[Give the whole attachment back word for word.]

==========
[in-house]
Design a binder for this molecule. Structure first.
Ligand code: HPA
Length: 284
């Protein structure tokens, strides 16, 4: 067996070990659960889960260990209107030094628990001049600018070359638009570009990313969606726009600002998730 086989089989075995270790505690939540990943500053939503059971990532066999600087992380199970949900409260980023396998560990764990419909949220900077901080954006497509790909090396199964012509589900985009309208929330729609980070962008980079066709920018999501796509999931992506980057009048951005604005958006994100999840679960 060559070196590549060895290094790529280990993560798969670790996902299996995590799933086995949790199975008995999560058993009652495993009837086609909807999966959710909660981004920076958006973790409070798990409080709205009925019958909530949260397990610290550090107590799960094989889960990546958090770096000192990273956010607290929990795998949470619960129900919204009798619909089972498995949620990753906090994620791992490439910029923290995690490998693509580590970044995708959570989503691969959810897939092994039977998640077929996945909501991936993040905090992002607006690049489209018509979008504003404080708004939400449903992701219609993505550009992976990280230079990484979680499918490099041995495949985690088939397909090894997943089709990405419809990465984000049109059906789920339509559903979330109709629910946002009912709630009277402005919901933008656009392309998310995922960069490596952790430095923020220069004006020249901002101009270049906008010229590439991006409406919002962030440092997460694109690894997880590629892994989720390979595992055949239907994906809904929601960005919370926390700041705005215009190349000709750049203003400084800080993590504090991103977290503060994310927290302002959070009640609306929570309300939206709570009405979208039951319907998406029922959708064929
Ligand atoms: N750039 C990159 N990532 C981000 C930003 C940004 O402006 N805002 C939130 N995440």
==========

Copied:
[in-house]
Design a binder for this molecule. Structure first.
Ligand code: HPA
Length: 284
């Protein structure tokens, strides 16, 4: 067996070990659960889960260990209107030094628990001049600018070359638009570009990313969606726009600002998730 086989089989075995270790505690939540990943500053939503059971990532066999600087992380199970949900409260980023396998560990764990419909949220900077901080954006497509790909090396199964012509589900985009309208929330729609980070962008980079066709920018999501796509999931992506980057009048951005604005958006994100999840679960 060559070196590549060895290094790529280990993560798969670790996902299996995590799933086995949790199975008995999560058993009652495993009837086609909807999966959710909660981004920076958006973790409070798990409080709205009925019958909530949260397990610290550090107590799960094989889960990546958090770096000192990273956010607290929990795998949470619960129900919204009798619909089972498995949620990753906090994620791992490439910029923290995690490998693509580590970044995708959570989503691969959810897939092994039977998640077929996945909501991936993040905090992002607006690049489209018509979008504003404080708004939400449903992701219609993505550009992976990280230079990484979680499918490099041995495949985690088939397909090894997943089709990405419809990465984000049109059906789920339509559903979330109709629910946002009912709630009277402005919901933008656009392309998310995922960069490596952790430095923020220069004006020249901002101009270049906008010229590439991006409406919002962030440092997460694109690894997880590629892994989720390979595992055949239907994906809904929601960005919370926390700041705005215009190349000709750049203003400084800080993590504090991103977290503060994310927290302002959070009640609306929570309300939206709570009405979208039951319907998406029922959708064929
Ligand atoms: N750039 C990159 N990532 C981000 C930003 C940004 O402006 N805002 C939130 N995440």